Welcome to Hyperion Records, an independent British classical label devoted to presenting high-quality recordings of music of all styles and from all periods from the twelfth century to the twenty-first.

Hyperion offers both CDs, and downloads in a number of formats. The site is also available in several languages.

Please use the dropdown buttons to set your preferred options, or use the checkbox to accept the defaults.

Morning, Communion and Evening Service in A flat major, Op 6

author of text
Magnificat: Luke 1: 46-55; Nunc dimittis: Luke 2: 29-32

Throughout his life, Basil Harwood (1859-1949) maintained a close association with the Church and its musical heritage. Born in Gloucestershire, he began his studies as an organist with Riseley at Bristol Cathedral. Later he moved to Oxford to study theory with Corfe at Trinity College and for a short time he had lessons at the Leipzig Conservatory with Reinecke. Harwood held his first appointment as an organist at St Barnabas’, Pimlico (1883-7) and then proceeded to Ely Cathedral where he was organist and choirmaster from 1887 to 1893. It was during his time at Ely Cathedral that Harwood composed the Morning, Communion and Evening Service in A flat (Op 6) of which the Magnificat and Nunc dimittis sung on this recording form a part. Though the service is usually sung with organ accompaniment, it also exists in a version orchestrated by Sir Walter Alcock, a fellow organist and contemporary of Harwood’s. The music clearly shows the influence of Wesley in its rich harmonies, sweeping melodies, delicate phrasing, expressive word-painting, and most importantly in its supremely confident and imaginative handling of vocal textures. After leaving Ely, Harwood’s career centred on Oxford where he was organist at Christ Church (1892-1909), precentor at Keble College (1892-1903), and conductor of the Orchestral Association (1892-8). The year 1896 saw the foundation of the Bach Choir; Harwood became its first conductor in that year and held the appointment until 1900 when he took over as University Choragus (an Office peculiar to Oxford University). Available sources indicate that Harwood’s list of compositions was not extensive; the works that are documented seem to fall into the categories of Church music, organ works and cantatas.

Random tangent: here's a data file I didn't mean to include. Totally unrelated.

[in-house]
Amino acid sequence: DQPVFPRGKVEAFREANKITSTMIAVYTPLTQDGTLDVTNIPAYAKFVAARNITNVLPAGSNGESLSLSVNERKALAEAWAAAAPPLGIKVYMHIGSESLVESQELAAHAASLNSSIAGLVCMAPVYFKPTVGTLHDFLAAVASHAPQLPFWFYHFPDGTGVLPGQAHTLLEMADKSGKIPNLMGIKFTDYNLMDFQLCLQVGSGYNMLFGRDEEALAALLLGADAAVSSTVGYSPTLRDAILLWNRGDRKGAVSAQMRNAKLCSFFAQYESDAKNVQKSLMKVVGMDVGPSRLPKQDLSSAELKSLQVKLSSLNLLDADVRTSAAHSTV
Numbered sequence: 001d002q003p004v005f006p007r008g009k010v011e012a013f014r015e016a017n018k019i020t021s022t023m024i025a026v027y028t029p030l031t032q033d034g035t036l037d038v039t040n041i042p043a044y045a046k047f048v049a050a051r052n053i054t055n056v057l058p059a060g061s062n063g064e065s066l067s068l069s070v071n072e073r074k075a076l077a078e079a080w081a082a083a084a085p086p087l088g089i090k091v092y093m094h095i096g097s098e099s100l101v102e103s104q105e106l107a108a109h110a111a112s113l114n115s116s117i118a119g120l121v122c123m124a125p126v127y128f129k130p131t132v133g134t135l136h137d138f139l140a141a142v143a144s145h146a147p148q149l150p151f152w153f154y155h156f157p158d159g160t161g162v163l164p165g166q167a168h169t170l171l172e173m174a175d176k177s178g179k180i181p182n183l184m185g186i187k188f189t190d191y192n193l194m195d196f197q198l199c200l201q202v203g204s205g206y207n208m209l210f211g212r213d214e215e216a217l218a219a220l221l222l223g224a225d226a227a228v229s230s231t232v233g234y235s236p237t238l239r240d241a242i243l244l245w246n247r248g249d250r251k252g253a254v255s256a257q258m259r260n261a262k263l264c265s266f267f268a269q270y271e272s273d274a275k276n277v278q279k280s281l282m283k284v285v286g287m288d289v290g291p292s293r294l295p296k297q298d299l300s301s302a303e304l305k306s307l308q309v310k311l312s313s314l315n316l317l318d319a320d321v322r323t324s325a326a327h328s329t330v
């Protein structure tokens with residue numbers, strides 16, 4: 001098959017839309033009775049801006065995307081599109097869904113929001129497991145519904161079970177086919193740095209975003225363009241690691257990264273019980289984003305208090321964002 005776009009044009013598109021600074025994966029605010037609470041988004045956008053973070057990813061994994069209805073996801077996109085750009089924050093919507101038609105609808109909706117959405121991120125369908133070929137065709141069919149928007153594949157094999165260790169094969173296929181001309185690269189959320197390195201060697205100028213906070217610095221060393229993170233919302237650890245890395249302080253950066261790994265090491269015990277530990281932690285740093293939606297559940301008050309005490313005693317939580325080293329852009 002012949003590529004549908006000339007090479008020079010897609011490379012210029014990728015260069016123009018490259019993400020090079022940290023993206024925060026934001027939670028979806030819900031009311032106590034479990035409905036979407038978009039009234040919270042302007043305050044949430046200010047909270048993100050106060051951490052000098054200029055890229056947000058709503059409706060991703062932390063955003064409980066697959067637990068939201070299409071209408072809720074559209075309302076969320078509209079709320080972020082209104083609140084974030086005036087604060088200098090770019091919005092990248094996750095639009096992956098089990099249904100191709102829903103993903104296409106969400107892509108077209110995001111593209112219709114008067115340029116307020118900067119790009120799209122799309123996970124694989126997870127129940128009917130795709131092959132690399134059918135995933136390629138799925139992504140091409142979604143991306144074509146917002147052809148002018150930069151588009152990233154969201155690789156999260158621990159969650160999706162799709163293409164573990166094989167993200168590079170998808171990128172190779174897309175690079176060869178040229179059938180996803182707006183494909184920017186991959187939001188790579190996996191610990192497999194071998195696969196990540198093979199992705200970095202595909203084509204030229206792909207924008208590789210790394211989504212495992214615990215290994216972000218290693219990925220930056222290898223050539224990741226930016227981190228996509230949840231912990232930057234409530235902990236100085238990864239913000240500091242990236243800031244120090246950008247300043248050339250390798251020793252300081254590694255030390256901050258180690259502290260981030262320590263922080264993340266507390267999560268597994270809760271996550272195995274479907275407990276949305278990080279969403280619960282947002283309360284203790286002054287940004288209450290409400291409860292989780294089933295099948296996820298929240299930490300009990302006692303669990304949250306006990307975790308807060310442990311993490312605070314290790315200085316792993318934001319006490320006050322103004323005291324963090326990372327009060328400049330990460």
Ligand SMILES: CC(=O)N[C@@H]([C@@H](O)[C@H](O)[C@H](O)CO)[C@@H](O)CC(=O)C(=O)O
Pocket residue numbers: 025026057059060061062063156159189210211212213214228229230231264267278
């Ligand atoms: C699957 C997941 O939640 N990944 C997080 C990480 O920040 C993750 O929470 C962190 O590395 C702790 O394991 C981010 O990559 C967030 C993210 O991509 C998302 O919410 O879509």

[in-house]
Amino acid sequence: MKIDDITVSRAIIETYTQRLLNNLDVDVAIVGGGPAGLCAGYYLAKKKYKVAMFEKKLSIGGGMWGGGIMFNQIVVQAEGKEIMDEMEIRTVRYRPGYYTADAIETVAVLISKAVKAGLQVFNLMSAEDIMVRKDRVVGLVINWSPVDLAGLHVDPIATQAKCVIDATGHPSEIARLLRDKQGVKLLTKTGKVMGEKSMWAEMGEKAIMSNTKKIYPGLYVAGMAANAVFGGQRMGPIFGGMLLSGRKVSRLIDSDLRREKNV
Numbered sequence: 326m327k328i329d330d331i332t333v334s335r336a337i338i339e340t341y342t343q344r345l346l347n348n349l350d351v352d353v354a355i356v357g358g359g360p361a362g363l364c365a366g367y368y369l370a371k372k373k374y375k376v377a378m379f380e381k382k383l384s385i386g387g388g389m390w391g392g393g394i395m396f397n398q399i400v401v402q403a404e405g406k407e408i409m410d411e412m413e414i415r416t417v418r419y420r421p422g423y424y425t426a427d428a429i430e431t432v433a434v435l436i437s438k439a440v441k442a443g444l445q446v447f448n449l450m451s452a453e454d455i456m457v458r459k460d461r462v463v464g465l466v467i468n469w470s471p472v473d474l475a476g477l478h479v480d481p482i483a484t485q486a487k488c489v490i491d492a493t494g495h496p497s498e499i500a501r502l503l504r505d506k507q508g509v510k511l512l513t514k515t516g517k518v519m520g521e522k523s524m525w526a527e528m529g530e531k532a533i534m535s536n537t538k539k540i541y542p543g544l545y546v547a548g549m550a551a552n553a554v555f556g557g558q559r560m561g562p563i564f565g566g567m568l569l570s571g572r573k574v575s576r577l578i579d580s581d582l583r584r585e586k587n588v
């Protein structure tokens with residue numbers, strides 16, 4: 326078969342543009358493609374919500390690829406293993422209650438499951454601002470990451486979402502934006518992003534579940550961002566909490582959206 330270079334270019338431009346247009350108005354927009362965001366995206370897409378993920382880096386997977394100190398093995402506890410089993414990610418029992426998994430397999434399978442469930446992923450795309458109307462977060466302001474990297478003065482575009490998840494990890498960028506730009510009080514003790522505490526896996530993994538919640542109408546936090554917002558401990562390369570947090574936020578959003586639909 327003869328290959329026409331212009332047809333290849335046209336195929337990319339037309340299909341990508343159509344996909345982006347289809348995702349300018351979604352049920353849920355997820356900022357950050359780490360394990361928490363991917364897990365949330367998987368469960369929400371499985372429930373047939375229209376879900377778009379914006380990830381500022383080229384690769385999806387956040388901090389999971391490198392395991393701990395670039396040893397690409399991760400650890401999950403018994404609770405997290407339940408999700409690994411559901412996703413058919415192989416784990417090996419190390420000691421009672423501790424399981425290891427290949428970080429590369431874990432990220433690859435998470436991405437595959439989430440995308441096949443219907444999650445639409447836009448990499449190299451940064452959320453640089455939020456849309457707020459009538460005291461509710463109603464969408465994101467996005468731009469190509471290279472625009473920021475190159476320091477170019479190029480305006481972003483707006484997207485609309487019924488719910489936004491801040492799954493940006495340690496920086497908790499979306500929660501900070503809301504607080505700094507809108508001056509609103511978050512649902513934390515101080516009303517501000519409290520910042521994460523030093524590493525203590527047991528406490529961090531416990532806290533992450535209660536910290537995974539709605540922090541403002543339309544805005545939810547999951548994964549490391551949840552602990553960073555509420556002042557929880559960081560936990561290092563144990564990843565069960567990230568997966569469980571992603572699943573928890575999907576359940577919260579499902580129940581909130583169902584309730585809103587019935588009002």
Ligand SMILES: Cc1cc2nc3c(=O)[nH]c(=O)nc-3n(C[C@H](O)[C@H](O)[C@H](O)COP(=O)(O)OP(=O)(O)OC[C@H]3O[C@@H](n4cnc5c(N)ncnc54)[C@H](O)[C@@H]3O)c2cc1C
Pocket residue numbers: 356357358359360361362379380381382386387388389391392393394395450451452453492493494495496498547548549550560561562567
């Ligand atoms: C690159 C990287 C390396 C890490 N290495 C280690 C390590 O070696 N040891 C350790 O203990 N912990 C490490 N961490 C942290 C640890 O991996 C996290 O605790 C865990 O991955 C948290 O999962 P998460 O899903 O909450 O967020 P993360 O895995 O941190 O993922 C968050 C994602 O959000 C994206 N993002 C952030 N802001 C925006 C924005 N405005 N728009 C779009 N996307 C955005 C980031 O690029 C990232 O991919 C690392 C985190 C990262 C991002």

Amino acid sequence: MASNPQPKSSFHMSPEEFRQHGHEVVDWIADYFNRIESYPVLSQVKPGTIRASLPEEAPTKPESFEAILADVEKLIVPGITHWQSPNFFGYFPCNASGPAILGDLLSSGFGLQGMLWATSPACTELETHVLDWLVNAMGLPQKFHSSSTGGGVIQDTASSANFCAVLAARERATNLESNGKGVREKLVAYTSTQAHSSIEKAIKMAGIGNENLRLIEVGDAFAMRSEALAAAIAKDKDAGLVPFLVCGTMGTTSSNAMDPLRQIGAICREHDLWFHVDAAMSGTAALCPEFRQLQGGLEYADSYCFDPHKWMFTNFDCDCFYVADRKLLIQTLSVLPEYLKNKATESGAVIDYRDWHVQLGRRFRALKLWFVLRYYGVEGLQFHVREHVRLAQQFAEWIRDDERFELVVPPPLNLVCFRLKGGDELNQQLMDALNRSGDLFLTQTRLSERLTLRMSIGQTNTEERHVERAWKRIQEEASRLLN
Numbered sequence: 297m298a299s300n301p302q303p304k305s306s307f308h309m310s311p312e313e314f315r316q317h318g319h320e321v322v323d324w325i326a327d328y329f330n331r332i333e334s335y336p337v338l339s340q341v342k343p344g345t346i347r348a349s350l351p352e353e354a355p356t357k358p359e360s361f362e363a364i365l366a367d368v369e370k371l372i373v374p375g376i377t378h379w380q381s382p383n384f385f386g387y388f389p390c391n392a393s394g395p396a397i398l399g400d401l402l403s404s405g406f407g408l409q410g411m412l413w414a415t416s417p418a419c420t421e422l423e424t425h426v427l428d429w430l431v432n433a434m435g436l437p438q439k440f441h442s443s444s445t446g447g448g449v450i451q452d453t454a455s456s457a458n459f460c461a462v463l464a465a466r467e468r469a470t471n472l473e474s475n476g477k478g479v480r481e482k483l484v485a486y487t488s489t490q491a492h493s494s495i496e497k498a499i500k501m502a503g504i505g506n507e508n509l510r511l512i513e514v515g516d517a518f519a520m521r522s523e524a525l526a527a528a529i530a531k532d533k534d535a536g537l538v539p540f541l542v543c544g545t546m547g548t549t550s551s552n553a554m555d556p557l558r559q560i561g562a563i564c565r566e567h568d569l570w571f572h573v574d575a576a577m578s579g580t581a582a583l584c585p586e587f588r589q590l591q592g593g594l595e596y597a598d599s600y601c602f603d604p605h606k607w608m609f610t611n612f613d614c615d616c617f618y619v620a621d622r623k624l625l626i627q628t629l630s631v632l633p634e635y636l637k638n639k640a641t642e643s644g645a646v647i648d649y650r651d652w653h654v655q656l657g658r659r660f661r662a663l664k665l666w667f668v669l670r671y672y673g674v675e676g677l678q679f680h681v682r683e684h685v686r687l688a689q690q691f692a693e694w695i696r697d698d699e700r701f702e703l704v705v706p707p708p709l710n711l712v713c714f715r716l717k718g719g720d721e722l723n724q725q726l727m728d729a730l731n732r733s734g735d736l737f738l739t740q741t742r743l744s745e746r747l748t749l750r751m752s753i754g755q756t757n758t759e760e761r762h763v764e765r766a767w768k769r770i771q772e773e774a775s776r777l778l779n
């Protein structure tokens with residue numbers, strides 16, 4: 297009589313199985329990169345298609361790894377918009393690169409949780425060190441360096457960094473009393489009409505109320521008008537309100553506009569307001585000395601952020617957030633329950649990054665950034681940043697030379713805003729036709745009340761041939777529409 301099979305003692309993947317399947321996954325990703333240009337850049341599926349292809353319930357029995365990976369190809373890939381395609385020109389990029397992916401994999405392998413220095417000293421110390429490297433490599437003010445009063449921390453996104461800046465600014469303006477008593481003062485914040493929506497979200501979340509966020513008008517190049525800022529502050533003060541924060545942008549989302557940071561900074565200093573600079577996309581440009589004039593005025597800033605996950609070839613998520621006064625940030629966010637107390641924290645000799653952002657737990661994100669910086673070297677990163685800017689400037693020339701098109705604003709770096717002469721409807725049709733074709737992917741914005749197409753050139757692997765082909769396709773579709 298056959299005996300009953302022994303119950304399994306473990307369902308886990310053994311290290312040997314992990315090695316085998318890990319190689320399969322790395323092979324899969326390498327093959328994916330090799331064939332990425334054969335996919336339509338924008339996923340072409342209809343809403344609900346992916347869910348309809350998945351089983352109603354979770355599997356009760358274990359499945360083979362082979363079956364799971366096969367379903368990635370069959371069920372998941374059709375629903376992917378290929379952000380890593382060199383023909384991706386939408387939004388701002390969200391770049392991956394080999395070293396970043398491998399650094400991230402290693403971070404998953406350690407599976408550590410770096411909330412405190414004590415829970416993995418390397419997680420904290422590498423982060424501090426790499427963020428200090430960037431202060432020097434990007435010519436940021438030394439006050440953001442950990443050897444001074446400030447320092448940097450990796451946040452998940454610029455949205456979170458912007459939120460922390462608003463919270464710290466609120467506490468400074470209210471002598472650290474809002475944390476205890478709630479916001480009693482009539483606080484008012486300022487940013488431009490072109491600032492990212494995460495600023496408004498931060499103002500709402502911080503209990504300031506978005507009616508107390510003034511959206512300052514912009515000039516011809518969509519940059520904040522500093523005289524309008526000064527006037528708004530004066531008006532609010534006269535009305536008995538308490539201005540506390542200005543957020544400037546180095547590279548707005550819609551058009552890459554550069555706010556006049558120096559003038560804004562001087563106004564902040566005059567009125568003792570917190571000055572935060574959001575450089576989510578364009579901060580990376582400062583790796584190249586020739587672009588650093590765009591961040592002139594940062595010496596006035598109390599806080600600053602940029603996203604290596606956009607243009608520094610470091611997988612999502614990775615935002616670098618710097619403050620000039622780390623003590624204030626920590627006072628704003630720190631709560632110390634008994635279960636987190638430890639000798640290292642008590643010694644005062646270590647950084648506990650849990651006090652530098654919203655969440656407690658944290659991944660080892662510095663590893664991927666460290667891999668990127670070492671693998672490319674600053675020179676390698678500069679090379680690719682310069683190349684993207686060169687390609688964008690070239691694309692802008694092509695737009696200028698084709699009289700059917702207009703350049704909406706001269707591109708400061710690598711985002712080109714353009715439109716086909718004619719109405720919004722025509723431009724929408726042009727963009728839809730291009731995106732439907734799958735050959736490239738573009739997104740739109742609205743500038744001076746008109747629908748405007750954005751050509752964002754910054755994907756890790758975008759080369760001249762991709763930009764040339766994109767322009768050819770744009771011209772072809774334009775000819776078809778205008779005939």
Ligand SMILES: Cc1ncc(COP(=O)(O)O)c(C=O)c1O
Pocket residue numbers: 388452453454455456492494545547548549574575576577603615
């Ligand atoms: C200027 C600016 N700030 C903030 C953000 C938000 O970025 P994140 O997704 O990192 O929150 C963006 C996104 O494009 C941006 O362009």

from notes by Sarah Langdon © 1988


Evening Canticle 1: Magnificat  My soul doth magnify the Lord
Track 7 on CDH55402 [5'27]
Evening Canticle 2: Nunc dimittis  Lord, now lettest thou thy servant depart in peace
Track 8 on CDH55402 [2'26]

Track-specific metadata for CDA66305 track 7

Evening Canticle 1: Magnificat
Recording date
24 March 1988
Recording venue
St Paul's Cathedral, London, United Kingdom
Recording producer
Mark Brown
Recording engineer
Antony Howell
Hyperion usage
  1. My spirit hath rejoiced (CDA66305)
    Disc 1 Track 7
    Release date: November 1988
    Deletion date: August 2010
    Superseded by CDH55402
  2. My spirit hath rejoiced (CDH55402)
    Disc 1 Track 7
    Release date: June 2011
Waiting for content to load...
Waiting for content to load...